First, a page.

Changes in the brains of deceased infants with Krabbe disease are similar to changes seen in dementia with Lewy bodies and Parkinson’s Disease
Researchers from Newcastle University have, for the first time, identified changes in the brains of deceased infants with Krabbe disease that are similar to those changes seen in dementia with Lewy bodies and Parkinson’s Disease.
Dr Daniel Erskine, Alzheimer’s Research UK Research Fellow at Newcastle University, who is an expert in Lewy bodies and led the study, said: ‘These findings challenge the view that changes to the brain that underlie these forms of dementia are merely age-associated.’
Krabbe disease is a rare, autosomal recessive, neurodegenerative childhood disorder arising in one in every 100,000 births, caused by a mutation in the Galactosylceramidase gene. The mutation results in the loss of the protective myelin nerve coating, with the disease typically resulting in death by the age of 2 years.
In both dementia with Lewy bodies and Parkinson’s disease, a protein called Alpha-synuclein builds up, creating Lewy bodies and resulting in nerve cell damage.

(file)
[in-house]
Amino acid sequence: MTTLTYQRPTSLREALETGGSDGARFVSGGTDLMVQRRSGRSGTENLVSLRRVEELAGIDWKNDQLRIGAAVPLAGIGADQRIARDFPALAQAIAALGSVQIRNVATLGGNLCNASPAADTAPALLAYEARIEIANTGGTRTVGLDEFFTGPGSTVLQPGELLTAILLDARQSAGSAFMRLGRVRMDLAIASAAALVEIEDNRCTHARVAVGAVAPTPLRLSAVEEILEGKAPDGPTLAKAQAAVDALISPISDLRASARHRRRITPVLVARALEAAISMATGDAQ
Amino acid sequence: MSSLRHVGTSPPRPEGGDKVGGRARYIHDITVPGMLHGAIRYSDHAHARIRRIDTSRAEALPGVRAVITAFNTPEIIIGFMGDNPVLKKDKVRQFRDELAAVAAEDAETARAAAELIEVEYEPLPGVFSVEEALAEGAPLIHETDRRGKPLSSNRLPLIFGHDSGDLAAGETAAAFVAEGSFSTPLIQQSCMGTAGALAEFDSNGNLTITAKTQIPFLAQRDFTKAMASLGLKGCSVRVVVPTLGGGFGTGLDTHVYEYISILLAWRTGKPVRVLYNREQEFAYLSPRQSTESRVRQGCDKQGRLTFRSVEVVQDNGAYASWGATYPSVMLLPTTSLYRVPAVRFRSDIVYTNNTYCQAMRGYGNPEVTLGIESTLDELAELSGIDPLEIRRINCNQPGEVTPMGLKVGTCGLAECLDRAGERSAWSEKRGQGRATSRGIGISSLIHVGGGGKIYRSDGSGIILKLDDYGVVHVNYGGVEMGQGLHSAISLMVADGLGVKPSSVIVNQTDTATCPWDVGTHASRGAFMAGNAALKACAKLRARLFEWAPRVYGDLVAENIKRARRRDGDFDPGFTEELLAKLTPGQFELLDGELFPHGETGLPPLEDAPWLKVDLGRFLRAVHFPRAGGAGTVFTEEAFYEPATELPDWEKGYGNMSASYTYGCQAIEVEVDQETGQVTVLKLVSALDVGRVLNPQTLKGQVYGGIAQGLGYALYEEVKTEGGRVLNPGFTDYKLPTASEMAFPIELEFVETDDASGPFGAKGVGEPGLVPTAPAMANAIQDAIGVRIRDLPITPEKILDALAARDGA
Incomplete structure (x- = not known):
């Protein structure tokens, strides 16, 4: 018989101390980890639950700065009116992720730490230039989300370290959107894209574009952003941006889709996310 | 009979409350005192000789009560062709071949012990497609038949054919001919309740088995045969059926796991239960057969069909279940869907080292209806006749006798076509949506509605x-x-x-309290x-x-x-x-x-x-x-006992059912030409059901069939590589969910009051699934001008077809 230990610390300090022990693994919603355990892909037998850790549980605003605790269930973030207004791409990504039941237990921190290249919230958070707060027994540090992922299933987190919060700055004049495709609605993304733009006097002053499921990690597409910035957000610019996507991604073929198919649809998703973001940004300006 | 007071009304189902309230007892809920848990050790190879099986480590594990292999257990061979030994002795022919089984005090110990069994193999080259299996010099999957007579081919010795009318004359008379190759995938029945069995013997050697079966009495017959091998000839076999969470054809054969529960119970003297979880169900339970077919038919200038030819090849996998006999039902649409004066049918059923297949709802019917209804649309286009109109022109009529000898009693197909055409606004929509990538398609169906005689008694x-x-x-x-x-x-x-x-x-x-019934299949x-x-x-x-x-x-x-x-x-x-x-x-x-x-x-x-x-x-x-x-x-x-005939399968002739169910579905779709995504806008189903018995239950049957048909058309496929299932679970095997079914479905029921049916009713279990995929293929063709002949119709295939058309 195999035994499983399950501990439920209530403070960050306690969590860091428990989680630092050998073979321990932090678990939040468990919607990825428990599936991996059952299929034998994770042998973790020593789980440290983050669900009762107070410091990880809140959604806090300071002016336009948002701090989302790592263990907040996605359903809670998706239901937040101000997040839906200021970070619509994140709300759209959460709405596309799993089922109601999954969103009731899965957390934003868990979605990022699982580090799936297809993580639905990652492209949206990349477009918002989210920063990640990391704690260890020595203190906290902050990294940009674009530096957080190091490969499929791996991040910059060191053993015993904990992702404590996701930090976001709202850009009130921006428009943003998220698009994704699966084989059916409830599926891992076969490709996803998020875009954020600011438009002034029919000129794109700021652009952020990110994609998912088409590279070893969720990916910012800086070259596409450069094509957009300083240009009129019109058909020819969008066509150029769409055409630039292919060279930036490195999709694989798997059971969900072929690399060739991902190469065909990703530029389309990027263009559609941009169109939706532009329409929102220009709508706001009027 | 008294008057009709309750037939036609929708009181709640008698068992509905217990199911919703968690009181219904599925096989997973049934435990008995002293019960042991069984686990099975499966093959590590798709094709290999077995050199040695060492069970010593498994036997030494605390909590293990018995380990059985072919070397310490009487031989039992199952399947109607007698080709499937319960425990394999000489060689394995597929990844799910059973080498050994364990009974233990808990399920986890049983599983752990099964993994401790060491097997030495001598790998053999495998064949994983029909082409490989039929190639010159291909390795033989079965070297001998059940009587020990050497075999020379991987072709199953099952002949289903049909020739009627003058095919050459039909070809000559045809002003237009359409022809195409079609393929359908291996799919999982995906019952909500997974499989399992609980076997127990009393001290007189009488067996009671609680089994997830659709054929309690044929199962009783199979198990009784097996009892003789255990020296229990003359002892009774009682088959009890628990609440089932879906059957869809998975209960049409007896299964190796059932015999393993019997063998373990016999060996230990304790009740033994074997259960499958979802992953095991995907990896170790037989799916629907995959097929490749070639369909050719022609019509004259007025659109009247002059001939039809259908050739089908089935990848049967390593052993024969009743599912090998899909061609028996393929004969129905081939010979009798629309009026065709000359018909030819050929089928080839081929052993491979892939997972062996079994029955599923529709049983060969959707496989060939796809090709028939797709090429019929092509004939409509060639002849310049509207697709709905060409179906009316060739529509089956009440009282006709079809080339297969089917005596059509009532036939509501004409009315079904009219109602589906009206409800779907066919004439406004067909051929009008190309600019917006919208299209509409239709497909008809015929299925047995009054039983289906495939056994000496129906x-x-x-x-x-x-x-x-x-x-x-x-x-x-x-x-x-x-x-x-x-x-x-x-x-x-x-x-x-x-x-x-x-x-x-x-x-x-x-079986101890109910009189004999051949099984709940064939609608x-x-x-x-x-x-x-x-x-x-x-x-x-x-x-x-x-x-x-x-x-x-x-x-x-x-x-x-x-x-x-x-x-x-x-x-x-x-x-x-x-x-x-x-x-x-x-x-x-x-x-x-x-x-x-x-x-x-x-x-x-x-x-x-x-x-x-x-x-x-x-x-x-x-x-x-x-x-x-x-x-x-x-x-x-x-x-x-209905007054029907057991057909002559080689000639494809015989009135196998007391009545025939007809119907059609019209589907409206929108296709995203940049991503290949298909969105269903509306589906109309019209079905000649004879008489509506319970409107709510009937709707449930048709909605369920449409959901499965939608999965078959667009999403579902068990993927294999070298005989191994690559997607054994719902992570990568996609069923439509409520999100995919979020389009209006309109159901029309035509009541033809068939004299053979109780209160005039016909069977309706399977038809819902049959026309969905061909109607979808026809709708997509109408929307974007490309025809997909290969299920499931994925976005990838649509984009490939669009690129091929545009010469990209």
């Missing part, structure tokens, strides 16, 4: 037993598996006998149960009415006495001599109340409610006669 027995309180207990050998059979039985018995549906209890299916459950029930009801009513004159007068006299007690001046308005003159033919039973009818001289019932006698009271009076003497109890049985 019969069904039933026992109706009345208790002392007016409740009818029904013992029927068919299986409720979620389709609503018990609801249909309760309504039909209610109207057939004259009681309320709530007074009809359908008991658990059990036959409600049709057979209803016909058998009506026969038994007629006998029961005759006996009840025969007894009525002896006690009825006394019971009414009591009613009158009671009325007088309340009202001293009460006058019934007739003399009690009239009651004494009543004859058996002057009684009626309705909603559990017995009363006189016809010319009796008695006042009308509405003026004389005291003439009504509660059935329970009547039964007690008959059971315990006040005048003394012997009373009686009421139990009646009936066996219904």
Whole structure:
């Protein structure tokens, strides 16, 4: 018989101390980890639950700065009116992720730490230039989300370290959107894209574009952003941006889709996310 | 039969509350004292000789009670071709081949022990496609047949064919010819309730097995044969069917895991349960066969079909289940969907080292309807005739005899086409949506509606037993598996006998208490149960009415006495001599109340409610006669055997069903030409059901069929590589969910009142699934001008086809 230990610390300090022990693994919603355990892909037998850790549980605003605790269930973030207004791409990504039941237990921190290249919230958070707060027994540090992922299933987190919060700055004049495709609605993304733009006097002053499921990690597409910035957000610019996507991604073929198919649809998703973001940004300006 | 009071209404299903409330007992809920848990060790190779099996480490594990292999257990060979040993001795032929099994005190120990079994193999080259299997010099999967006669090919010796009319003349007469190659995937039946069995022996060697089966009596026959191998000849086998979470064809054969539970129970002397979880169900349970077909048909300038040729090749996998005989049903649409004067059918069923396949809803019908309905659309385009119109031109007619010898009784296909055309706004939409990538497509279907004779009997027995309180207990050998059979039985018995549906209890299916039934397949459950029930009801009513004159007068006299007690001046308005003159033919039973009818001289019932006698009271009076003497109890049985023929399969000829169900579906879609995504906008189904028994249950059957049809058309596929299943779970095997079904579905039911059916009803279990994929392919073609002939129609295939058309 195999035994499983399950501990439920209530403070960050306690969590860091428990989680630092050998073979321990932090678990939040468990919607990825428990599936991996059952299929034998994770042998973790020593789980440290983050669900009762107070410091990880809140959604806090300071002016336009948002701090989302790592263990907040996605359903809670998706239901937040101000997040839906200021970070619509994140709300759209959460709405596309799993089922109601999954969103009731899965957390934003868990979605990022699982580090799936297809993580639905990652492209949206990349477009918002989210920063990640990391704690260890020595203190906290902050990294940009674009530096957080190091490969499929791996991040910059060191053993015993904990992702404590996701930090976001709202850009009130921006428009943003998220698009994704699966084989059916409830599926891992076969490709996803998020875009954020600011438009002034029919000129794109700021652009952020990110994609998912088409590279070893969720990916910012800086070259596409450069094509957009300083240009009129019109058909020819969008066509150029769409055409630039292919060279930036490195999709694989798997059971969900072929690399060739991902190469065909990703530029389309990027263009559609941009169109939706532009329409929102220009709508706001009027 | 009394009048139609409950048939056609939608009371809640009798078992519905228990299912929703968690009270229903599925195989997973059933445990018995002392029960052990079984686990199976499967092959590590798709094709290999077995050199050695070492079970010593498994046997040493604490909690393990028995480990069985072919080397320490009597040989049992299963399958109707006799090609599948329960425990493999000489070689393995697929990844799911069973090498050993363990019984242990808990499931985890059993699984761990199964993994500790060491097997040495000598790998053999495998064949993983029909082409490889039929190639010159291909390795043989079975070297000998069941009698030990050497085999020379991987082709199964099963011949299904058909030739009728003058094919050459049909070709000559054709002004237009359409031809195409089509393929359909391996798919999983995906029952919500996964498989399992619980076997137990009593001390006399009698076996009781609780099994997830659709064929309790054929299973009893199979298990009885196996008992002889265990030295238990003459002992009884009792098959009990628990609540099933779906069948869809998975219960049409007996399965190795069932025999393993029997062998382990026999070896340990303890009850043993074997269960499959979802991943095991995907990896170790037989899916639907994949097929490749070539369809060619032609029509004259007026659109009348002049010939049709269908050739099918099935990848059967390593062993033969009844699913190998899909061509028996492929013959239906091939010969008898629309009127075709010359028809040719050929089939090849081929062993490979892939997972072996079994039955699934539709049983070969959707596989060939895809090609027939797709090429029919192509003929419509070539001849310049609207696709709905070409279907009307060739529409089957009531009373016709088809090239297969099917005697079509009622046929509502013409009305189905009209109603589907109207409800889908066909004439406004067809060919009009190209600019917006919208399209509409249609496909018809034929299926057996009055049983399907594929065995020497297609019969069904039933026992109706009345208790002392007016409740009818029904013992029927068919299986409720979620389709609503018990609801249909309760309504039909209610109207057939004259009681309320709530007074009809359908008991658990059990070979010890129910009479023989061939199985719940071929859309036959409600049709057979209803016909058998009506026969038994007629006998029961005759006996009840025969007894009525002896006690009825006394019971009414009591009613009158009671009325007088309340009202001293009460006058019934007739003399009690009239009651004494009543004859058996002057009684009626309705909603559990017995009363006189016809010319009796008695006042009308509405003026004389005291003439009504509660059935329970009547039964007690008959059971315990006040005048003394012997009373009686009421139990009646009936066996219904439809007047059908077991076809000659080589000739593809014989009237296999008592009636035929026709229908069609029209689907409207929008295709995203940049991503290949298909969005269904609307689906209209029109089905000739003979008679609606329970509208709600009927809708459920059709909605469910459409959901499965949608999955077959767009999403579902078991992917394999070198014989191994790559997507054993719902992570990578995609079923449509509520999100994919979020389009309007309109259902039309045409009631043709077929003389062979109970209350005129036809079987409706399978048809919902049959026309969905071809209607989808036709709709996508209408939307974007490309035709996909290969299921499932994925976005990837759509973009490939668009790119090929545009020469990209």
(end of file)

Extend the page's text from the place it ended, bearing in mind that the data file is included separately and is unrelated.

The research, published in the journal Brain, involved studying the postmortem brain tissue of four infants who died of Krabbe disease and comparing it with that of four infant controls. The researchers found widespread accumulations of Alpha-synuclein, a small protein abundant in the brain and found mainly in neuron presynaptic terminals, where it is believed to play a role in maintaining an adequate supply of synaptic vesicles.
To determine whether Alpha-synuclein in the brains of individuals with Krabbe disease displayed disease-associated pathogenic properties, the researchers evaluated its seeding capacity using the real-time quaking-induced conversion assay.
The researchers said that they did not identify Lewy bodies in the brain tissue of infants with Krabbe disease; however, changes to Alpha-synuclein that are normally associated with dementia with Lewy bodies and Parkinson’s disease were present.
In particular, the researchers said that they found ‘aggregation into fibrils’ similar to those observed in Lewy body disease, ‘confirming the prion-like capacity of Krabbe disease-derived Alpha-synuclein.’ They highlighted that Alpha-synuclein protein in Krabbe disease-affected brain tissue was able to stick together and spread through the brain, a key change associated with dementia with Lewy bodies and Parkinson’s disease that is thought to drive the progression of both diseases.
This article originally appeared on Medscape, part of the Medscape Professional Network.
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